My name is Michael Grundy. I wish I didn’t need to share that, but it’s important that it is made clear to everyone before they read the following story. And by ‘story’, I mean the incredible, yet wholly real, absolute clusterfuck of events that it has been my fate to endure.
I spent three or so days around New Year in Scotland, which was a pleasant enough experience even when the wind, rain, and pervading atmosphere of impending doom are factored in. I passed the early evening of New Year’s Eve at an enjoyable dinner party in Edinburgh with a few old university friends, along with some unfamiliar faces. I only mention the fact that it was particularly enjoyable as I’m somewhat prone to bouts of nausea at the dinner table, especially when not already acquainted with my fellow guests. I will typically go silent, begin to sweat uncontrollably and find my stomach twisting itself into reef knots as I struggle to eat, regardless of how hungry I might have been before. I should really, I suppose, see someone about this.
On this occasion, however, there was a rich and convivial atmosphere that allowed for a greater degree of relaxation than is usual on my part in such a situation. We were all resigned to the fact that we were to spend the rest of the evening together, ringing in another fucking year where nothing of note would actually happen and, on that basis, we might as well tuck in, drink up, and enjoy ourselves. All of us are going to die (according to statistics, those living on this northern side of the border considerably earlier), so why not make merry, grab a Buckfast and run the risk of waking up next to an acne-ridden trout of a woman from Musselburgh the next morning?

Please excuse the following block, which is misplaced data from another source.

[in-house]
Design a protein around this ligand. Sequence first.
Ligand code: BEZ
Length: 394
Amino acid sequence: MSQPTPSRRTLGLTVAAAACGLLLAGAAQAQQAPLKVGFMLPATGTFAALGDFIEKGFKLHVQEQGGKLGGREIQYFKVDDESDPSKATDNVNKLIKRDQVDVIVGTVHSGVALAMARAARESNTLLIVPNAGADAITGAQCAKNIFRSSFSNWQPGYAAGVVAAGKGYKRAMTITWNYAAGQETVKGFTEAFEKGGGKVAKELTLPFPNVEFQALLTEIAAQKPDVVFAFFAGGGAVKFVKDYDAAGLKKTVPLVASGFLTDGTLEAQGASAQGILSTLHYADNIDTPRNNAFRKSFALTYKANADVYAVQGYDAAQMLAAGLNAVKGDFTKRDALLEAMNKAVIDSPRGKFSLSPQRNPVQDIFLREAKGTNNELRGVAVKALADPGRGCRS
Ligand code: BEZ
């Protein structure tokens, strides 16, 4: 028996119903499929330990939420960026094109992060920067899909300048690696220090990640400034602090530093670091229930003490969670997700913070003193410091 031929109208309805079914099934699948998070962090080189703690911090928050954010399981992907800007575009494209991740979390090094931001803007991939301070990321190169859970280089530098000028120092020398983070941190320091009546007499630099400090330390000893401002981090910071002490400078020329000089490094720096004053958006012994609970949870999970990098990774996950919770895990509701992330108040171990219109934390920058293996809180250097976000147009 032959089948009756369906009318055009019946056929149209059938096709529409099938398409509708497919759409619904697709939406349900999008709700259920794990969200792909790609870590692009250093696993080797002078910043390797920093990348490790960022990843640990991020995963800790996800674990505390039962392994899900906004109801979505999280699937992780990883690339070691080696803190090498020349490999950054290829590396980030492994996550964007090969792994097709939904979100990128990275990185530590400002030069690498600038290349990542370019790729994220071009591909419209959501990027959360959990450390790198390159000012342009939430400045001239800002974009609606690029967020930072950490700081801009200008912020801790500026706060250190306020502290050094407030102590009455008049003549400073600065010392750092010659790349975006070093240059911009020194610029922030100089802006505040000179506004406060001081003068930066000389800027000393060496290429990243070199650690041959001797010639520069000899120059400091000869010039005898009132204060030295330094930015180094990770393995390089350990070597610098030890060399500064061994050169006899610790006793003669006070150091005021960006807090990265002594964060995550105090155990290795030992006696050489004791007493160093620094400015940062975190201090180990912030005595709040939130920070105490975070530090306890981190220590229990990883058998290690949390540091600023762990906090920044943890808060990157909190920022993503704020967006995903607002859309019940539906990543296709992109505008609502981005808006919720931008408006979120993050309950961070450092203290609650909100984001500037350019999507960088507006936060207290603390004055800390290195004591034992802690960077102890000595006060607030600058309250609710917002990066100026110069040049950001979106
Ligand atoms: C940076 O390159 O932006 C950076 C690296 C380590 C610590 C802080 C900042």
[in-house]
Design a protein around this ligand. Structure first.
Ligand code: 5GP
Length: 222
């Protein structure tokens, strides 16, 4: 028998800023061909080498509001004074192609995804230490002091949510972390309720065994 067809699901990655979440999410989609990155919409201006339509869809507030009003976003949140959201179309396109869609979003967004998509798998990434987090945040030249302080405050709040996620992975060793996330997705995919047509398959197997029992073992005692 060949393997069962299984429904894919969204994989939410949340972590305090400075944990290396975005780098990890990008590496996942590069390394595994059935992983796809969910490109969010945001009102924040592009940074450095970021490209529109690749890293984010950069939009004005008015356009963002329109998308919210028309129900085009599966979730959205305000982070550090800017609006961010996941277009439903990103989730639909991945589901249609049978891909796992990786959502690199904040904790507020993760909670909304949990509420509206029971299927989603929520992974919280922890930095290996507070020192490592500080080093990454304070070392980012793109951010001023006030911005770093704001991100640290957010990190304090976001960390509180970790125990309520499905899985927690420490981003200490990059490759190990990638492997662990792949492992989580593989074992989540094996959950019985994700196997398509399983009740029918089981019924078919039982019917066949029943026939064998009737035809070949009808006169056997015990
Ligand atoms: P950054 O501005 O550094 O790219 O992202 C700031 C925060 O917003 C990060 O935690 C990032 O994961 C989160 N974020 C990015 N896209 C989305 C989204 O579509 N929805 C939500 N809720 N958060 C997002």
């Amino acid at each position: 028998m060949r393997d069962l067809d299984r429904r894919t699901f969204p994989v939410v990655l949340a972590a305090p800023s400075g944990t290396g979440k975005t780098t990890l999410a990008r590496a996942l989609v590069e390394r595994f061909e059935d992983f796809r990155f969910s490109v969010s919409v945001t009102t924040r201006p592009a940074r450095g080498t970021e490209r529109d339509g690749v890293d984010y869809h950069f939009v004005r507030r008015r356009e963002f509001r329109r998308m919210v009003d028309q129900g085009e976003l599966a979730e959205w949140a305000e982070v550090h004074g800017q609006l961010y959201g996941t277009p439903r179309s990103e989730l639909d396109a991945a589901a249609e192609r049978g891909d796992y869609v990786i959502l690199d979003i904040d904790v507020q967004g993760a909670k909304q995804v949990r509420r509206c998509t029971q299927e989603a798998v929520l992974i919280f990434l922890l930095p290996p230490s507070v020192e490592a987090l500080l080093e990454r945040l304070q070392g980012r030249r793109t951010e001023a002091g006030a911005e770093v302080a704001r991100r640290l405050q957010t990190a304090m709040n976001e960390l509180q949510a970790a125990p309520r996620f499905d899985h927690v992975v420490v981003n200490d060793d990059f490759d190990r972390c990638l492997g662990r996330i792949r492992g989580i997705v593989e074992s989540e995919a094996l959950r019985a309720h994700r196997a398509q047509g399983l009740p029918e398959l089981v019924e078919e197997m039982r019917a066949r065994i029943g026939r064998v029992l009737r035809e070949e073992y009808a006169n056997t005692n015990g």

After dinner, it was agreed that for midnight we would head over to the house party of a friend who had purposefully not been invited to dine with us. This person, hereafter known as Dougal, was, and to the best of my knowledge still is, Scottish. Dougal as a Scotsman falls into a very distinct category: that of what my grandfather would have termed the ‘skiting Scot’. Wherever one travels, whether it is Berlin, Bangkok, Minsk or Mumbai, as an English speaker, especially an English English-speaker, one is bound sooner or later to run into this sort; the kind of Scotsman (and frequently Scotswoman) whose sole purpose in life is to bore others to death with tales of Scotland’s greatness.
I have no doubt it is a magnificent and scenic country, which has given birth to some of history’s finest thinkers, artists and writers. But those of Dougal’s nature wish to berate others ceaselessly with the fact that the television, telephone and teleprinter are all entirely Scottish inventions. Not only does Dougal incessantly bother others with the stories of Bannockburn and the Highland Clearances (affecting, of course, a deep resentment of his southern neighbours), he considers himself a great comedian and practical joker. The joke he was to play on me, while from any rational-minded and level-headed point of view would generate nothing but disdain and annoyance, Dougal undoubtedly considered among his best.